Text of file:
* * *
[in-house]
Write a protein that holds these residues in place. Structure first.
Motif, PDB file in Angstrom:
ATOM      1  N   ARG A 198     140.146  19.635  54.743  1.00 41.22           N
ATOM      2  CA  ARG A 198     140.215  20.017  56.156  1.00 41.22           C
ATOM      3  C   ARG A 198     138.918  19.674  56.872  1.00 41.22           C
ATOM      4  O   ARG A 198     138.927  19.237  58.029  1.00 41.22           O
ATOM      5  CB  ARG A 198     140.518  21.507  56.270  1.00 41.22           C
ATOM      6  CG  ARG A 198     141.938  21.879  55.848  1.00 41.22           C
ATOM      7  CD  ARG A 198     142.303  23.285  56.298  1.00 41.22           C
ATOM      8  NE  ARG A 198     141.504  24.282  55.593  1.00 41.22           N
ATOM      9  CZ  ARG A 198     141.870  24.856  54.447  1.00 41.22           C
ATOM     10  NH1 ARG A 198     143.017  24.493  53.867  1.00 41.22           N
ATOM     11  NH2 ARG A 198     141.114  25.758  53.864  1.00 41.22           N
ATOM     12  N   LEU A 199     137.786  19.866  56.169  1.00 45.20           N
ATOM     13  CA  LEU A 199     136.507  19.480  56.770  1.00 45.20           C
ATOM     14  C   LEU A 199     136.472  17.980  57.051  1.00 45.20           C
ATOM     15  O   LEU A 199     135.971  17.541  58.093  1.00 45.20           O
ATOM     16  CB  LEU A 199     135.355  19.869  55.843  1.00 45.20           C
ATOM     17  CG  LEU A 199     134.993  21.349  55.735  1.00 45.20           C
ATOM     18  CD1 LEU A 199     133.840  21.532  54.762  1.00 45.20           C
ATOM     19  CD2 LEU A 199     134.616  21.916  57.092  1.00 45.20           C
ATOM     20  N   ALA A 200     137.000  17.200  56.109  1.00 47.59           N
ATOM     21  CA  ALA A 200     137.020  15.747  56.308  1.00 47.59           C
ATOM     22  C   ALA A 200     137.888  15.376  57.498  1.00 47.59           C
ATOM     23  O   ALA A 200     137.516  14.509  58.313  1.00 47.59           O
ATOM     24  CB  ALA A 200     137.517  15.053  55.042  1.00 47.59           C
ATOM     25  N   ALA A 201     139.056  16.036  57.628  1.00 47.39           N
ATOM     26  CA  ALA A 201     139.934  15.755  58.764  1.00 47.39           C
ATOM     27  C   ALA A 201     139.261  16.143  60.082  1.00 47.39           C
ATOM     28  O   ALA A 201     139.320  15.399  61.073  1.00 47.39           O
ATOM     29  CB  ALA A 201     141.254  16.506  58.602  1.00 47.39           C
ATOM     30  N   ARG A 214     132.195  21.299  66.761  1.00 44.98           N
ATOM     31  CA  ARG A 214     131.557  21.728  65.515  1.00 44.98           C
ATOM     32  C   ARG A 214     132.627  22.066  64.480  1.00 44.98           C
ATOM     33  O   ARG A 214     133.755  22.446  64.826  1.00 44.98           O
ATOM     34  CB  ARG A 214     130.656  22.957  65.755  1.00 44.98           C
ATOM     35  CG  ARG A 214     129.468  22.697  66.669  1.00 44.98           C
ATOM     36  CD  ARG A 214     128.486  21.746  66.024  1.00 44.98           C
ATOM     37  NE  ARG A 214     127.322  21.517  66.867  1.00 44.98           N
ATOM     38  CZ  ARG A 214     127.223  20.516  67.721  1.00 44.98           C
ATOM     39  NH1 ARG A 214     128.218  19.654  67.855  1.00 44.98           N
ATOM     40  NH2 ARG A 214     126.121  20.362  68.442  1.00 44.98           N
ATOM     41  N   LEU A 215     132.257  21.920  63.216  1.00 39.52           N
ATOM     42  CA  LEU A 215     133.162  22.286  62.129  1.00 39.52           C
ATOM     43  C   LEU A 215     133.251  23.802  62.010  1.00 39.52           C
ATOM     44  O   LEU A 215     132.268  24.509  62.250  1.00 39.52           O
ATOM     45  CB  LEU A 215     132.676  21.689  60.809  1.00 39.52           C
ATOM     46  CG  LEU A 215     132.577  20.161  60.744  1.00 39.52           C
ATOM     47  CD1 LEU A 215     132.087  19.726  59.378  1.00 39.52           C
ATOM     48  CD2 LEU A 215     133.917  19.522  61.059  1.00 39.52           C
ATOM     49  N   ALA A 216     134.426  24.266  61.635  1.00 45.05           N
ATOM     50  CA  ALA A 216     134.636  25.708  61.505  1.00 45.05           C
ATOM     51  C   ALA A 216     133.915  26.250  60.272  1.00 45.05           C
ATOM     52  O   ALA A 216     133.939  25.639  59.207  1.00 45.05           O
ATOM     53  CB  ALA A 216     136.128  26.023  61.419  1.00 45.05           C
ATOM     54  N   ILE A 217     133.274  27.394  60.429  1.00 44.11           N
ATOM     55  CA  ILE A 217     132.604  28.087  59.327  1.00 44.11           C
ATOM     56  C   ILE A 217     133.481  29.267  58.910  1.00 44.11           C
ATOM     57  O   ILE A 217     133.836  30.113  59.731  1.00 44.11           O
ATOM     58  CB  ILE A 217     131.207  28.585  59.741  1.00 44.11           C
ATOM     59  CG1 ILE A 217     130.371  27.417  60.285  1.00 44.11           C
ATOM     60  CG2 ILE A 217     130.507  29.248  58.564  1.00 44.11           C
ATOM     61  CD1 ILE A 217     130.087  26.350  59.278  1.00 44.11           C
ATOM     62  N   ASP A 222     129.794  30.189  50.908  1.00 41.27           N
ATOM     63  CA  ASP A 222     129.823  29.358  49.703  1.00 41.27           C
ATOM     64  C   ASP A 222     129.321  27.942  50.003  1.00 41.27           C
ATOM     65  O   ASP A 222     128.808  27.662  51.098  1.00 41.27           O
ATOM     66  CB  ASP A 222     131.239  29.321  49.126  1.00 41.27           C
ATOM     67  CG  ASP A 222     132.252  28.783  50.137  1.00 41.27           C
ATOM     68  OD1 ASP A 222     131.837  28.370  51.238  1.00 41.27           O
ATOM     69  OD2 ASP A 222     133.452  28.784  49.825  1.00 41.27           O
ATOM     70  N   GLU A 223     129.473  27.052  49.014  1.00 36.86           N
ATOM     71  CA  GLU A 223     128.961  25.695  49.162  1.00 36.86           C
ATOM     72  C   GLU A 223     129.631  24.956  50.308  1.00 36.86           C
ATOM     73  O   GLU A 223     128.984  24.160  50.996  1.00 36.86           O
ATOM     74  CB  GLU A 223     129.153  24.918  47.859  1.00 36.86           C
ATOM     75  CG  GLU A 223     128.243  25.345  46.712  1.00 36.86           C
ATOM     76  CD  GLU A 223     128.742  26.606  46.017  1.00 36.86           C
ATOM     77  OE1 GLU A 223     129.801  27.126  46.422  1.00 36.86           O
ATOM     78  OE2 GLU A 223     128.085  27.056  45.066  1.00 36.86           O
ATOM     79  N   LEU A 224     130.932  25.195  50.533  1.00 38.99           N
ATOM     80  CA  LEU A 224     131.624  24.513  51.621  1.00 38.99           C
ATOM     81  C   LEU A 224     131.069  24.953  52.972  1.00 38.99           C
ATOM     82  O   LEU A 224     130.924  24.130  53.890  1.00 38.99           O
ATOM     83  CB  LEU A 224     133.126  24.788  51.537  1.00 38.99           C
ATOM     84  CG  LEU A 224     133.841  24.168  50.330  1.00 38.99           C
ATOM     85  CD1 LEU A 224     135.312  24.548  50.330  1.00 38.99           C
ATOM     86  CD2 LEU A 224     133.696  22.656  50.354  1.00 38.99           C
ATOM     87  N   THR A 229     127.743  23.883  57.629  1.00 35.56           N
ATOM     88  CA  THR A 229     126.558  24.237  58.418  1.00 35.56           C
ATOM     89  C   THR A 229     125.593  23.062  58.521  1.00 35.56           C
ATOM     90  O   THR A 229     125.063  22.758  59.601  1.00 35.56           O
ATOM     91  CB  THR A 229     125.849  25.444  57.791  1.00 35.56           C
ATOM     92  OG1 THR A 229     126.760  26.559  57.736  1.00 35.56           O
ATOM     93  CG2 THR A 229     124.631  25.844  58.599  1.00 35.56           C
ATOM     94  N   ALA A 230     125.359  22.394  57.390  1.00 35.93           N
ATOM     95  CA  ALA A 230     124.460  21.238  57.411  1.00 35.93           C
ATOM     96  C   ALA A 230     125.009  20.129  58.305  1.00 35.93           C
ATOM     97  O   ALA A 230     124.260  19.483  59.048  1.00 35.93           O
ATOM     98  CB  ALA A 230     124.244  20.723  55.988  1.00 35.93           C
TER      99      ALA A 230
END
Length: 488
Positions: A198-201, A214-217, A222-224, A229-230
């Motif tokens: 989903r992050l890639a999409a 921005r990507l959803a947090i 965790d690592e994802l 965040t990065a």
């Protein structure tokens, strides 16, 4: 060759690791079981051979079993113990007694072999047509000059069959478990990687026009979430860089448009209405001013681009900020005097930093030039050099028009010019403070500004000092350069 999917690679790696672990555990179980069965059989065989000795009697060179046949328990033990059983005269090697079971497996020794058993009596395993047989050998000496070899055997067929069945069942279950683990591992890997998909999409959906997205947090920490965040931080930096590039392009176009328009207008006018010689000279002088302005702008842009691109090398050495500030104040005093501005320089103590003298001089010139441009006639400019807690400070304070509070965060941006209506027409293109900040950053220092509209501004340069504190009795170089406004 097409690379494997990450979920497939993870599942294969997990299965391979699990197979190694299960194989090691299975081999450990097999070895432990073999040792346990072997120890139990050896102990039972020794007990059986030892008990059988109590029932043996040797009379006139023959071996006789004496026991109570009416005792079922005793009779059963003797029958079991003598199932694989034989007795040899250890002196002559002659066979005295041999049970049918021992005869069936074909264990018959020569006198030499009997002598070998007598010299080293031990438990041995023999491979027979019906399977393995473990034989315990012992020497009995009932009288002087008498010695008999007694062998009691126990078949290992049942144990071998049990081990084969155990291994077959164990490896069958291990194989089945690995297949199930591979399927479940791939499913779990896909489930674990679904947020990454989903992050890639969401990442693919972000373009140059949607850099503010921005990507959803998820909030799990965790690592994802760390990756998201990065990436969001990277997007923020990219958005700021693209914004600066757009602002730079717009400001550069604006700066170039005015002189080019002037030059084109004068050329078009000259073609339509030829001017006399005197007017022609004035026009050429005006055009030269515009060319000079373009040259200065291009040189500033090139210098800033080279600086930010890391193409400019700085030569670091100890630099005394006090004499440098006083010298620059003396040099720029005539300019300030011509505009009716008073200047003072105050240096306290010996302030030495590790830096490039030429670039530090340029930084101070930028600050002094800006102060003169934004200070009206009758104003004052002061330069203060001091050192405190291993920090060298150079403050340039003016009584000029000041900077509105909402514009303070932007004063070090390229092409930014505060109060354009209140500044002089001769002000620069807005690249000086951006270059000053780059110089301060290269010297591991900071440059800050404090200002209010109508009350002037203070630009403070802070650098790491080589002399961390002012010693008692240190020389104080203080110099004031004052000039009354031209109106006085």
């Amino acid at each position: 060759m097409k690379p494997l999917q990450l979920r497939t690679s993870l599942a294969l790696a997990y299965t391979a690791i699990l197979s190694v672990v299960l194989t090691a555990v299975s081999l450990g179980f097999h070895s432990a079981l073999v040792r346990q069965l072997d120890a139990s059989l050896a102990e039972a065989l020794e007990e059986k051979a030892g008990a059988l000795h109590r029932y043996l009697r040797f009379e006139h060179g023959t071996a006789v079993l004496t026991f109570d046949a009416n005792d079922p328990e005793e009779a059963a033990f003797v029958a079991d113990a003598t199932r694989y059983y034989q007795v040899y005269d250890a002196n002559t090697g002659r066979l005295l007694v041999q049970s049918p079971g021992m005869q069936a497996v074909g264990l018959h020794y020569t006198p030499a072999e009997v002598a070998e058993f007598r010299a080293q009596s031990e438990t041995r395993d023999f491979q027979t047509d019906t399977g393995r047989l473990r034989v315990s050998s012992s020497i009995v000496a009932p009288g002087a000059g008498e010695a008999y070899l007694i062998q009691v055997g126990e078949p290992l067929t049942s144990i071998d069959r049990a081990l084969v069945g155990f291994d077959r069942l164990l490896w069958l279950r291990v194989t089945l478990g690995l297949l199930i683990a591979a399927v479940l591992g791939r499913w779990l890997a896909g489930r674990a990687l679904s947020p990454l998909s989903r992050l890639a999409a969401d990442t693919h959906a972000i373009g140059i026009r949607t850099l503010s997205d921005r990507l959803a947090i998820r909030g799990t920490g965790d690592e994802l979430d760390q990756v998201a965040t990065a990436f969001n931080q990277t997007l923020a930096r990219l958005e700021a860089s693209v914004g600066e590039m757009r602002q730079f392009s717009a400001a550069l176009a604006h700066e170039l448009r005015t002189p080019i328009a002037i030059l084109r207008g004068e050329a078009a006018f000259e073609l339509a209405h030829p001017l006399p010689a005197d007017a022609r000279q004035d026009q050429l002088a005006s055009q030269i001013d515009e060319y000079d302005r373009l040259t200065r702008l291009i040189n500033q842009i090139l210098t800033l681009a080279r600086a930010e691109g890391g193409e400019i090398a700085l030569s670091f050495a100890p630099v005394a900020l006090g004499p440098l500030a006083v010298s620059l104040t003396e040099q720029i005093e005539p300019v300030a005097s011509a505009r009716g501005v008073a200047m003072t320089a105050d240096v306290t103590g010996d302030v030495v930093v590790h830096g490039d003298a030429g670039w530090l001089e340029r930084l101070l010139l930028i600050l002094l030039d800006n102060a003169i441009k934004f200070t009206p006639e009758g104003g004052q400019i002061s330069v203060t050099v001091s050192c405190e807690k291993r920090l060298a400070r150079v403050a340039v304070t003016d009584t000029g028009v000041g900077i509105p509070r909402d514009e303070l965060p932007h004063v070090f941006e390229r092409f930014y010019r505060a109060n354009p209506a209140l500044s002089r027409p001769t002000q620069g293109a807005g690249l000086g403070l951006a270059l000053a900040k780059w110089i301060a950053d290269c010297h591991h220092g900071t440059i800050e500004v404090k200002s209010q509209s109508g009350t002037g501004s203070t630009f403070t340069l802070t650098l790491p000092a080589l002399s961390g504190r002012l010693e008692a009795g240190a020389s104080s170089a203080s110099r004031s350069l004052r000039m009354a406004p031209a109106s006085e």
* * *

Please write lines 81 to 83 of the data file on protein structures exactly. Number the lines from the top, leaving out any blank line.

ATOM     78  OE2 GLU A 223     128.085  27.056  45.066  1.00 36.86           O
ATOM     79  N   LEU A 224     130.932  25.195  50.533  1.00 38.99           N
ATOM     80  CA  LEU A 224     131.624  24.513  51.621  1.00 38.99           C